Shock Waves – Diary of My Mind
This true crime drama from Ursula Meier is a searingly complex moral maze that lingers long in the mind.
Dir Ursula Meier
Prod Lionel Baier, Agnieszka Ramu, Françoise Mayor
Scr Ursula Meier, Antoine Jaccoud
With Fanny Ardant, Kacey Mottet-Klein, Jean-Philippe Ecoffey
Sales Bande à part Films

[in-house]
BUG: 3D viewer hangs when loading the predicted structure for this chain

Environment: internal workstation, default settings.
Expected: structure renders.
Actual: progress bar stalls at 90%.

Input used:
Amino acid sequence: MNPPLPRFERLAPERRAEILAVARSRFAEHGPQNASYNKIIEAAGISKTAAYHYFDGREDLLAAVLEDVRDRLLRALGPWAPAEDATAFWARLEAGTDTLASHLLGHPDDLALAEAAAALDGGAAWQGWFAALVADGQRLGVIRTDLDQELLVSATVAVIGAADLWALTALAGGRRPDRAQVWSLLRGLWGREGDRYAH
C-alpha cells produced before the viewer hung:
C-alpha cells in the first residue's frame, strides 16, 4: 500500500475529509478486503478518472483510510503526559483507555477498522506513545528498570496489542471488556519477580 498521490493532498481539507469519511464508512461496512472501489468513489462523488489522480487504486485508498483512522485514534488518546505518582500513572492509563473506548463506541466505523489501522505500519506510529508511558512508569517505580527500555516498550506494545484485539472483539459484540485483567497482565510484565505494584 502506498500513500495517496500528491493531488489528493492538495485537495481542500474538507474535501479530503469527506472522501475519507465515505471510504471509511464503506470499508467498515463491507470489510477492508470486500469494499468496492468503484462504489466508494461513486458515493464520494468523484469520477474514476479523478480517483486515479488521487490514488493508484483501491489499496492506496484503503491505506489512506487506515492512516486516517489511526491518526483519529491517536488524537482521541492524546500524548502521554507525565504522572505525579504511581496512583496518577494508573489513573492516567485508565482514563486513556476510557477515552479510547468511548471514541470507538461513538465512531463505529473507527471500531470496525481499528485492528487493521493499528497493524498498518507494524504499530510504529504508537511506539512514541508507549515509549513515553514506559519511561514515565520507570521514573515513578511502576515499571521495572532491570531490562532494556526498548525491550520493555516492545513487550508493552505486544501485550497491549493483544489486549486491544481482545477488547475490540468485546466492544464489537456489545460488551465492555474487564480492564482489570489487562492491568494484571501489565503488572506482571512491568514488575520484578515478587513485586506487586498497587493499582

French teacher Madame Fontanel (an astonishing Fanny Ardant) tasks her class with writing a personal journal, laying bare their innermost thoughts and feelings. One of her pupils, the despondent Benjamin (an equally impressive Kacey Mottet-Klein) uses the exercise to rigorously document his decision to commit double parricide. After the crime has been executed, he delivers his sprawling confessional directly to Madame Fontanel, implicating her in ways she could never have imagined. Produced as part of a Swiss TV series dramatising real-life crimes, Meier’s film is an austere, fiercely intelligent piece of work, as suited to the big screen as it is the small. Can art breed violence? And what is the responsibility of the educator when influencing impressionable young minds? This brooding think piece poses many thorny questions, refusing to trivialise them with easy answers.